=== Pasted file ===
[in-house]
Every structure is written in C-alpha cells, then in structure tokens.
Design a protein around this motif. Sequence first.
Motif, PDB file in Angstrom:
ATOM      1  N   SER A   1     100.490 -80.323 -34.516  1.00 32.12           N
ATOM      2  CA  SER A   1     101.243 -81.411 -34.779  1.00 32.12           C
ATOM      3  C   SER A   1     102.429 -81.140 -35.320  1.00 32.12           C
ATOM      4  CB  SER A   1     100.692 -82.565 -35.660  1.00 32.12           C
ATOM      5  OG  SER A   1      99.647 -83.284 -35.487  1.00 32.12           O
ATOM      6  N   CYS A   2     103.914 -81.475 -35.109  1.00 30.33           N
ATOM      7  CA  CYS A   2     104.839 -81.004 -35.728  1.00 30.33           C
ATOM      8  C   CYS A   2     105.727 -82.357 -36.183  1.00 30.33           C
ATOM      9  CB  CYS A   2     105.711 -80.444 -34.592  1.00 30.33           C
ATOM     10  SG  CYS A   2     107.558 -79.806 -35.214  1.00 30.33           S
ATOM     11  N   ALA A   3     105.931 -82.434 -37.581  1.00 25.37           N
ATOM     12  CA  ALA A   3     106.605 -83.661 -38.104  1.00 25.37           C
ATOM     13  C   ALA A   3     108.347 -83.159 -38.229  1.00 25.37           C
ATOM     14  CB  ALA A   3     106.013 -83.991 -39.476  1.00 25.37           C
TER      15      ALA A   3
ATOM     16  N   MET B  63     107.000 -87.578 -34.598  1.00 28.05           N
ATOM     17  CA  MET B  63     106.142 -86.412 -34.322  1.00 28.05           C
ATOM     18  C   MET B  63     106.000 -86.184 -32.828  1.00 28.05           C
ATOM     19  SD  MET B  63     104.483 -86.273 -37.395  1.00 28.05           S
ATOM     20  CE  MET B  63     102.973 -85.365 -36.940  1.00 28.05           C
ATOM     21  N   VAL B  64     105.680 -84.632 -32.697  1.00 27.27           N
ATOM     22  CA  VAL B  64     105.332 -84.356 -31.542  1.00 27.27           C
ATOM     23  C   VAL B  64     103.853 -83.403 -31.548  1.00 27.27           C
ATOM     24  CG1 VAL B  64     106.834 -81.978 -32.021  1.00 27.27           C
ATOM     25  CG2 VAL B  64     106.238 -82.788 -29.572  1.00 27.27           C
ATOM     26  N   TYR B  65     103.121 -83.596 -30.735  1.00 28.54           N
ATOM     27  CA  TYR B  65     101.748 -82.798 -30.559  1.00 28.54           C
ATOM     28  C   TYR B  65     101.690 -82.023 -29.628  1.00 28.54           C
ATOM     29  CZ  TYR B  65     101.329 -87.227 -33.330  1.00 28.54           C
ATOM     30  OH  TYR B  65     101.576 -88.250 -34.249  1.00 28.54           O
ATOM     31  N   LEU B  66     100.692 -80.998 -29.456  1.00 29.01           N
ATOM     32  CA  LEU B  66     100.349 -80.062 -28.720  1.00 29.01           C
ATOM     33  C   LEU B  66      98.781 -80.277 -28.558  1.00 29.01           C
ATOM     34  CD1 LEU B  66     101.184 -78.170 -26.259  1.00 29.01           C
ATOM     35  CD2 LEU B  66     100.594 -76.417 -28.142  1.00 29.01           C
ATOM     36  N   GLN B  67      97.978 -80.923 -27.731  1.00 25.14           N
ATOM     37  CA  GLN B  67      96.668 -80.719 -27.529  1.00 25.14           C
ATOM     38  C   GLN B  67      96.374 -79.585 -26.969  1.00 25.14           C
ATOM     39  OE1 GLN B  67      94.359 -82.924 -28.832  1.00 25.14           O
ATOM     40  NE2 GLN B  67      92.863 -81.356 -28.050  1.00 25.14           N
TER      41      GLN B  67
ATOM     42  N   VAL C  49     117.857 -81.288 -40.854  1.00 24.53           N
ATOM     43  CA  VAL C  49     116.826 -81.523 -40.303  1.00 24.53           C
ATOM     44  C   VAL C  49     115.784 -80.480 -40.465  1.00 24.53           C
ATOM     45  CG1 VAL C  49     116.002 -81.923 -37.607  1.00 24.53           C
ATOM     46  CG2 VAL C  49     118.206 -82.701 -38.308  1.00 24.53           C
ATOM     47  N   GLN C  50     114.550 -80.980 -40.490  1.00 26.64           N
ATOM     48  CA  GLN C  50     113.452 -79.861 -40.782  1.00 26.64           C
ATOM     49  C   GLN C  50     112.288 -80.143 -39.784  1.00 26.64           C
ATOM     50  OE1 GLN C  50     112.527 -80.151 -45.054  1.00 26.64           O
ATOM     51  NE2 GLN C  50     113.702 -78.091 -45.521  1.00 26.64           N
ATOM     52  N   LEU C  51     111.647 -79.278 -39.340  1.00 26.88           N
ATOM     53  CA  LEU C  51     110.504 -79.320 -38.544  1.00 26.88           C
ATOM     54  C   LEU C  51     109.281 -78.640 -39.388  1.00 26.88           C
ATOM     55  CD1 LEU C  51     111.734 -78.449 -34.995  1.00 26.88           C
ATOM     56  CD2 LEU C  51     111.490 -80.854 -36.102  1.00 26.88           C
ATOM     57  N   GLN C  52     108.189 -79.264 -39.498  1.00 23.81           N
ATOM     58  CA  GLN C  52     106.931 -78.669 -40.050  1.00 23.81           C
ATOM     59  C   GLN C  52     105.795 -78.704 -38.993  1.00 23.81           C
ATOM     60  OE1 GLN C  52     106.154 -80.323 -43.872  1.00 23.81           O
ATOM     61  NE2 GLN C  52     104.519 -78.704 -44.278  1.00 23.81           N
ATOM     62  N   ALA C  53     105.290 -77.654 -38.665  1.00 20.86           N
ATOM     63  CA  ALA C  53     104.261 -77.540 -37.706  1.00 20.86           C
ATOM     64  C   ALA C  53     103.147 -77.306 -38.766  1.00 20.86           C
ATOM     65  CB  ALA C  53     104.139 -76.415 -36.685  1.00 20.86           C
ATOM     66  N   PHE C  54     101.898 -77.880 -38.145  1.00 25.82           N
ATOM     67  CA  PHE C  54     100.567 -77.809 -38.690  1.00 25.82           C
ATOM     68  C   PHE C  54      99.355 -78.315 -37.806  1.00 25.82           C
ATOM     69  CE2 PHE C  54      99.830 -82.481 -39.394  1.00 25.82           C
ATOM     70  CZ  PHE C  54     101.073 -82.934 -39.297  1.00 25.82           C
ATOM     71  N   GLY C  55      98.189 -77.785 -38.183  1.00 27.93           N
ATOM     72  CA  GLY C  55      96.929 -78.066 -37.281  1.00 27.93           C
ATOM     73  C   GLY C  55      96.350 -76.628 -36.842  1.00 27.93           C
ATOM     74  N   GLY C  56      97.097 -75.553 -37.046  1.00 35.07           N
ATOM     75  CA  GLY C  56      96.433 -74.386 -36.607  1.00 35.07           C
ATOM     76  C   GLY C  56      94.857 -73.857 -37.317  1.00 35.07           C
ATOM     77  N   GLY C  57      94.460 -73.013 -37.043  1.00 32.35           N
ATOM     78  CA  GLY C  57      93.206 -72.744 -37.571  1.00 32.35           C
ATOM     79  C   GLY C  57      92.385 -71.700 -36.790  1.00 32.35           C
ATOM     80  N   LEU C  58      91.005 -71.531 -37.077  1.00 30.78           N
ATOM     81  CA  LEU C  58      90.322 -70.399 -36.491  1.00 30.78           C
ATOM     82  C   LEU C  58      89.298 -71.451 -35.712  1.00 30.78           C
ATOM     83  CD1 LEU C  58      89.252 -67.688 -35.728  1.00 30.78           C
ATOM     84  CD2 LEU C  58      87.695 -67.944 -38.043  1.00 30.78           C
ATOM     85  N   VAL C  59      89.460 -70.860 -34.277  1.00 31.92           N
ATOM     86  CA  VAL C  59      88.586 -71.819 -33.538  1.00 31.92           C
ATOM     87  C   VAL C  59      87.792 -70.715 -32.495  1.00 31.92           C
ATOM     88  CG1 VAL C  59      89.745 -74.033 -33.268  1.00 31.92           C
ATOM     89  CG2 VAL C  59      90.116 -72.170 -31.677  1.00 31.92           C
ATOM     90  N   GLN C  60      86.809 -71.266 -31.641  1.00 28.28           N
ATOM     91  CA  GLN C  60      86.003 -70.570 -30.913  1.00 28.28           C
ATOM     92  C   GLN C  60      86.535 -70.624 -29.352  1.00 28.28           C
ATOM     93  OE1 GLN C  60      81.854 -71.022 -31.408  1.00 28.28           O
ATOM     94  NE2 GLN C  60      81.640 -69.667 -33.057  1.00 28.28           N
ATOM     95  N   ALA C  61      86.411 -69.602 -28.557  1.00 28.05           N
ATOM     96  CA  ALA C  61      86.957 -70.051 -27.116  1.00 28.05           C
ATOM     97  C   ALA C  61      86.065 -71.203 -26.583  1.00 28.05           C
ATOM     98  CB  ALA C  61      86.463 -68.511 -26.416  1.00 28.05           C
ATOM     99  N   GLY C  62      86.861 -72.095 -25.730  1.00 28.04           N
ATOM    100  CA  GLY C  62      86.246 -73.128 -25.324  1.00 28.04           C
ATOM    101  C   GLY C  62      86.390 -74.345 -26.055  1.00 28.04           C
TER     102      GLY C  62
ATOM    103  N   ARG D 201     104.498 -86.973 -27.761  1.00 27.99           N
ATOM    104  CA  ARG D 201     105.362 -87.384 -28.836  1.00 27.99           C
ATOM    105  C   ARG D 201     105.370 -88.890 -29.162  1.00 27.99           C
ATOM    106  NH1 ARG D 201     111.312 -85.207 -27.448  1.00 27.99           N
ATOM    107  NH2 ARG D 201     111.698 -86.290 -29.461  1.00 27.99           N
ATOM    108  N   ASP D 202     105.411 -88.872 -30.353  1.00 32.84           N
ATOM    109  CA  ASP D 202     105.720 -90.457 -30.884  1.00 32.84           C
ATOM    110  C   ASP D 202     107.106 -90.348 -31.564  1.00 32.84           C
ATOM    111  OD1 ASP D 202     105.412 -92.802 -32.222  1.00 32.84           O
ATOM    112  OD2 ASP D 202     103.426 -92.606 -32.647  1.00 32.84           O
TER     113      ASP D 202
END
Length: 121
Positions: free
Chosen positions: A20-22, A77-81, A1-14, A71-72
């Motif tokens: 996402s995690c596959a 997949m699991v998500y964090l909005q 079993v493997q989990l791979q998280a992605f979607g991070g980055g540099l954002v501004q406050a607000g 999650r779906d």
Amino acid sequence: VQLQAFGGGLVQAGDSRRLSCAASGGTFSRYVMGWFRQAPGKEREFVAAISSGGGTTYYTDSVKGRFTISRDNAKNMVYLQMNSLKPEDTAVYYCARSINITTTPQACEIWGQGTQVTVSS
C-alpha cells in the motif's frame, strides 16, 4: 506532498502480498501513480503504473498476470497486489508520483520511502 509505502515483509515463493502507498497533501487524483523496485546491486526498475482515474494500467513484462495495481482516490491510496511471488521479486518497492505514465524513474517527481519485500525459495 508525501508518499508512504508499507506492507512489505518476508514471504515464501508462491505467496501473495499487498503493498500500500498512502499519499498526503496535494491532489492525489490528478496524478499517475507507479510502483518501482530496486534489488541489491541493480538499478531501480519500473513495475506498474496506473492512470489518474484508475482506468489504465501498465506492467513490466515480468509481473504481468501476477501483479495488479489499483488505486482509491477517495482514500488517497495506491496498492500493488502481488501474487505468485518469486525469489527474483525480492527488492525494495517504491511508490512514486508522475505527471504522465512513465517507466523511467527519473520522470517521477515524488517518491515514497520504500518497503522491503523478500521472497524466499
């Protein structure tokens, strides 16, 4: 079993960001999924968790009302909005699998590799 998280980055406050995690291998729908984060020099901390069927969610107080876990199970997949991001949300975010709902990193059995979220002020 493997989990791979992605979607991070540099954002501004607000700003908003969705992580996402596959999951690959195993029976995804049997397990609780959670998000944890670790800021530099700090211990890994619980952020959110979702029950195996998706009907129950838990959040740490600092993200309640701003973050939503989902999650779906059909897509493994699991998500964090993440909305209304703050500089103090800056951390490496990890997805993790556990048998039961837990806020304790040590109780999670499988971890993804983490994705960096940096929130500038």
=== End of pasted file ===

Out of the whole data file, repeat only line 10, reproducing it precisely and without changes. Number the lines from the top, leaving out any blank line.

ATOM      6  N   CYS A   2     103.914 -81.475 -35.109  1.00 30.33           N